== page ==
Follow the UI of shp2pgsql to connect to your routing database you created in Step 4.
Next, select “Add File” and find your roads shapefile (in this guide we will call our shapefile “roads_table”) you want to use for your isochrones and click Open.
Finally, click “Import” to place your shapefile into your routing database.
6. Add source & target columns: The purpose of this step is to create columns which will serve as placeholders for our nodes data we create later.
There are multiple ways to add these columns into the roads_table. The most important part of this step is which table you choose to edit, the names of the columns you create, and the format of the columns. Take time to ensure the source & target columns are integer format. Below are the commands used in your command line for these functions.
7. Create topology: Next, we will use a function to attach a node to each end of every road segment in the roads_table. The function in this step will create these nodes. These newly-created nodes will be stored in the source and target columns we created earlier in step 6.
As well as creating nodes, this function will also create a new table which will contain all these nodes. The suffix “_vertices_pgr” is added to the name of your shapefile to create this new table. For example, using our guide’s shapefile name , “roads_table”, the nodes table will be named accordingly: roads_table_vertices_pgr . However, we will not use the new table created from this function (roads_table_vertices_pgr). Below is the function, and a second simplified version, to be used in the command line for populating our source and target columns, in other words creating our network topology. Note the input format, the “geom” column in my case was called “the_geom” within my shapefile:
Below is an example(simplified) function for my roads shapefile:
8. Create a second nodes table: A second nodes table will be created for later use. This second node table will contain the node data generated from pgr_createtopology function and be named “node”. Below is the command function for this process. Fill in your appropriate source and target fields following the manner seen in the command below, as well as your shapefile name.
To begin, find the folder on the Virtual Machines desktop named “Databases” and open the program “pgAdmin lll” located within.
Connect to your routing database in pgAdmin window. Then highlight your routing database, and find “SQL” tool at the top of the pgAdmin window. The tool resembles a small magnifying glass.
We input the below function into the SQL window of pgAdmin. Feel free to refer to this link for further information: (https://anitagraser.com/2011/02/07/a-beginners-guide-to-pgrouting/)
- Create a routable network: After creating the second node table from step 8, we will combine this node table(node) with our shapefile(roads_table) into one, new, table(network) that will be used as the routing network. This table will be called “network” and will be capable of processing routing queries. Please input this command and execute in SQL pgAdmin tool as we did in step 8. Here is a reference for more information:( https://anitagraser.com/2011/02/07/a-beginners-guide-to-pgrouting/ )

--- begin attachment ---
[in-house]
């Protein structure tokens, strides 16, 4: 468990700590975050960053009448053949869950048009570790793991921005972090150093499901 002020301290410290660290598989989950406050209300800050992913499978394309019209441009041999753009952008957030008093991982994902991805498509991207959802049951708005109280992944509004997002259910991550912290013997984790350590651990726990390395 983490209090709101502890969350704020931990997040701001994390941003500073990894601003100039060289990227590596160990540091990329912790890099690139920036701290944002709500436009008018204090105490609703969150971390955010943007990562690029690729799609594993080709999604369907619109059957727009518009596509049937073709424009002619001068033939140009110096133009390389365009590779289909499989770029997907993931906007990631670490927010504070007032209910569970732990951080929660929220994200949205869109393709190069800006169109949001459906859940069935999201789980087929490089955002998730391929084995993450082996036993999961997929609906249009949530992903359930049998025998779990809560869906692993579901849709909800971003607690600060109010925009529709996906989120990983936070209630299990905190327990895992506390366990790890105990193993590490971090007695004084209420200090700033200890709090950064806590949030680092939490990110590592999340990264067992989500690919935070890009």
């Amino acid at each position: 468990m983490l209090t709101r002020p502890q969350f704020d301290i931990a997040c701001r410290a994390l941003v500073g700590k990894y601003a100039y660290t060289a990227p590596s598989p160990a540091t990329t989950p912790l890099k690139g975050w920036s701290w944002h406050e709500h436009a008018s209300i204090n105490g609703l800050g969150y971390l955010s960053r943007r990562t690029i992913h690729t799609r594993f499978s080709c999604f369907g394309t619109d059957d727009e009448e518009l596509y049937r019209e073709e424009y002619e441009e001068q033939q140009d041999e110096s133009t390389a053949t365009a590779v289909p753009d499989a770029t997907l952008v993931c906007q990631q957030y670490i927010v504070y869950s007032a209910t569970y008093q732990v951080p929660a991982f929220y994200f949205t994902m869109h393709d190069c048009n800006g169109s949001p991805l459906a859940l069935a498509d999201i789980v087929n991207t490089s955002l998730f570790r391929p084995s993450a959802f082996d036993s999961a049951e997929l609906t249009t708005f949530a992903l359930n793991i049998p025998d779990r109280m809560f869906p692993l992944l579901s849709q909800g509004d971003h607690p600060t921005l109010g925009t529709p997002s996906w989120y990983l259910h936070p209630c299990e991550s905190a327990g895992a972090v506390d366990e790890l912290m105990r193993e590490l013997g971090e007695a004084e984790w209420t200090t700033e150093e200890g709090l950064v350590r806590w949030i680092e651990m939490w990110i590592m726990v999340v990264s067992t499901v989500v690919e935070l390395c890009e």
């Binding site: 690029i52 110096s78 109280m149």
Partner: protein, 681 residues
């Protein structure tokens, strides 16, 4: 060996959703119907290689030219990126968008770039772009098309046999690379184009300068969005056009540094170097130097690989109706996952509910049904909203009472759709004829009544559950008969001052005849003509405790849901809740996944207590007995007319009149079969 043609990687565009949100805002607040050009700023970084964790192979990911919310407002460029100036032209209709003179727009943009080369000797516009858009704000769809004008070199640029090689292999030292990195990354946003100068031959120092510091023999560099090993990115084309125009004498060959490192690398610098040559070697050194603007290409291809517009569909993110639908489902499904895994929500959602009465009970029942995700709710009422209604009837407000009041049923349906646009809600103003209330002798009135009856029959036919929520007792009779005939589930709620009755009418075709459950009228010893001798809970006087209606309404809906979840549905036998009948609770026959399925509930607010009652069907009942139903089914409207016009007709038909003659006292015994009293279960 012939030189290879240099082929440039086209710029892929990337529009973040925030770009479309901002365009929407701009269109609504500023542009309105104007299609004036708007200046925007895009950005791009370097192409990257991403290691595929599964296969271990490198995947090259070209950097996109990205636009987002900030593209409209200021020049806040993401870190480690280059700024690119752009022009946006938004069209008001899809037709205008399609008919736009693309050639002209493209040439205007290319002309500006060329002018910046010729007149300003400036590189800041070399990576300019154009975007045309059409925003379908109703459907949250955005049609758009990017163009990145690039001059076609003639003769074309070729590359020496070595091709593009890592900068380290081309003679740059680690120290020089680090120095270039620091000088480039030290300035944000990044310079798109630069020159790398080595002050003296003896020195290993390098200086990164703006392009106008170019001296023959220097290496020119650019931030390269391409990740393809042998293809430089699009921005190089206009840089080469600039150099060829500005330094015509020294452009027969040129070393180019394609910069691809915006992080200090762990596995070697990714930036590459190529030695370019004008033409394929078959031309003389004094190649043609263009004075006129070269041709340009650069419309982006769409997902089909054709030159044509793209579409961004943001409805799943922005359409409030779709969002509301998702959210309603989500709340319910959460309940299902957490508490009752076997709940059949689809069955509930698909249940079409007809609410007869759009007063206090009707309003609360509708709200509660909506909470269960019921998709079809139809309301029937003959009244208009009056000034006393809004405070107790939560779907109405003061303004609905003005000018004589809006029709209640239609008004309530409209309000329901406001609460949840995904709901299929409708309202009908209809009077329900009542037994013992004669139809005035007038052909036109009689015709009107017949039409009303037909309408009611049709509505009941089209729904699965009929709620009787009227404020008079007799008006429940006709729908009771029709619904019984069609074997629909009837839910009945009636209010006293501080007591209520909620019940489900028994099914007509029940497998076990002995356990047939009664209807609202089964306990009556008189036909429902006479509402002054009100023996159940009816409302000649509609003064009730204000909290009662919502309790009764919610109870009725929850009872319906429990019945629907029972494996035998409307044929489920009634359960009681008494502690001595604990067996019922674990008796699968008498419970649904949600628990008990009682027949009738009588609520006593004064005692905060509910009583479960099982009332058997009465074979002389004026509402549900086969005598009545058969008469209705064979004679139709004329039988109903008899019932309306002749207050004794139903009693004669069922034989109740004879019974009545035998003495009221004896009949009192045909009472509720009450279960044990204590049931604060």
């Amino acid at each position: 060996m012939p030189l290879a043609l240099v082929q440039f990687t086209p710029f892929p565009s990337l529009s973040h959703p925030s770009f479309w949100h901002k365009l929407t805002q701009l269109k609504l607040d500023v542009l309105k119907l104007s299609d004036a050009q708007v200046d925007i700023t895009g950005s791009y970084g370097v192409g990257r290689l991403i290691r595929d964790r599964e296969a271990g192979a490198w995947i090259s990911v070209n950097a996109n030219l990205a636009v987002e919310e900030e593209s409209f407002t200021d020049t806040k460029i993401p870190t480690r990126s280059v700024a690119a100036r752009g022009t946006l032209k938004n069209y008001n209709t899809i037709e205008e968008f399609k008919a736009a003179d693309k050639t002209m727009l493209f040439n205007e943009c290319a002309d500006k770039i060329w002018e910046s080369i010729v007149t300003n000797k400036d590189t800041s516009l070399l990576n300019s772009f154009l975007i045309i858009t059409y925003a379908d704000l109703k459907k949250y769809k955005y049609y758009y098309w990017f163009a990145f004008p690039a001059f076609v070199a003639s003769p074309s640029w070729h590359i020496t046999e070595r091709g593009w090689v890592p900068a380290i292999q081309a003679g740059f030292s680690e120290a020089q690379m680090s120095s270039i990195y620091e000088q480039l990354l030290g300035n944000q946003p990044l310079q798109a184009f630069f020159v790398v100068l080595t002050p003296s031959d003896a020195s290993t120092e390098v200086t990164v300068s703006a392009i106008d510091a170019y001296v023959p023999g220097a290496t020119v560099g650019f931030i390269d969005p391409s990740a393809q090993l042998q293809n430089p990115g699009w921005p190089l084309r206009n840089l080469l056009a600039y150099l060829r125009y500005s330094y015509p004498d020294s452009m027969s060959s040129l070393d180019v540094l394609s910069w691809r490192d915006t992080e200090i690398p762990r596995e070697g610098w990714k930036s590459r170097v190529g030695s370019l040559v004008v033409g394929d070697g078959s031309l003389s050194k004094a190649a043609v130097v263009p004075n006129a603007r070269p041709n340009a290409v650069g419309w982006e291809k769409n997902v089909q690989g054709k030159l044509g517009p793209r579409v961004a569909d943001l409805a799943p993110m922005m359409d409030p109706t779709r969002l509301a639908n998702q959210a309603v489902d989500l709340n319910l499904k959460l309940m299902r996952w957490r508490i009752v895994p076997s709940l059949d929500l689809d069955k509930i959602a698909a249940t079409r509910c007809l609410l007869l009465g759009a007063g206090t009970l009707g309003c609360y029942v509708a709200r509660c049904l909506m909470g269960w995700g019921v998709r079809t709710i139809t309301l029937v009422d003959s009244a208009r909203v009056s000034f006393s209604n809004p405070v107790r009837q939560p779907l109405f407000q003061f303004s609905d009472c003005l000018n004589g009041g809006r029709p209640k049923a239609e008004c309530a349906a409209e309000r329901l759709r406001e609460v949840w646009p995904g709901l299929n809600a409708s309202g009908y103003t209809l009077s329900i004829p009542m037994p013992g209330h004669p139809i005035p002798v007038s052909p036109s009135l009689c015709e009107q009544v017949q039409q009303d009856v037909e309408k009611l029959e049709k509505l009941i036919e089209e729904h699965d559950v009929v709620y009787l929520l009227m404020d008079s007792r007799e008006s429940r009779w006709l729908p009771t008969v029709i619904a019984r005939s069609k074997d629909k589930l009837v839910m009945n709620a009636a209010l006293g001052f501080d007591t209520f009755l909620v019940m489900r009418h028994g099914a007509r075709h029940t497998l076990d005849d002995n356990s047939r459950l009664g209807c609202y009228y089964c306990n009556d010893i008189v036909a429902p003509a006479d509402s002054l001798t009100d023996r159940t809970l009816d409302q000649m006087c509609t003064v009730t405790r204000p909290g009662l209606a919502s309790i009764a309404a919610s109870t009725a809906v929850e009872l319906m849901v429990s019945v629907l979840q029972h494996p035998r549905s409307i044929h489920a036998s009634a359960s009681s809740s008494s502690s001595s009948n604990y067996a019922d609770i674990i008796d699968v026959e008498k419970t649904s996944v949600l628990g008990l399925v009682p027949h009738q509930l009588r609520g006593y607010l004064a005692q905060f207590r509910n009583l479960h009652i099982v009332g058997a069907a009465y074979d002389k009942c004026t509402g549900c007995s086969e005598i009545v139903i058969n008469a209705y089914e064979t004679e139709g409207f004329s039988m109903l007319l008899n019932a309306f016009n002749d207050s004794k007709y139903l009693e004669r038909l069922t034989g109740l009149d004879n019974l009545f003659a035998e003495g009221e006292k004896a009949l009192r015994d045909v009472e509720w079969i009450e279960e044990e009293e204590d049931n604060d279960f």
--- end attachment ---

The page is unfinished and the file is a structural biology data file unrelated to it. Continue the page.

10. Create a “noded” view of the network: This new view will later be used to calculate the visual isochrones in later steps. Input this command and execute in SQL pgAdmin tool.
11. Add column for speed: This step may, or may not, apply if your original shapefile contained a field of values for road speeds.
In reality a network of roads will typically contain multiple speed limits. The shapefile you choose may have a speed field, otherwise the discrimination for the following steps will not allow varying speeds to be applied to your routing network respectfully.
If values of speed exists in your shapefile we will implement these values into a new field, “traveltime“, that will show rate of travel for every road segment in our network based off their geometry. Firstly, we will need to create a column to store individual traveling speeds. The name of our column will be “traveltime” using the format: double precision. Input this command and execute in the command line tool as seen below.
Next, we will populate the new column “traveltime” by calculating traveling speeds using an equation. This equation will take each road segments geometry(shape_leng) and divide by the rate of travel(either mph or kph). The sample command I’m using below utilizes mph as the rate while our geometry(shape_leng) units for my roads_table is in feet. If you are using either mph or kph, input this command and execute in SQL pgAdmin tool. Below further details explain the variable “X”.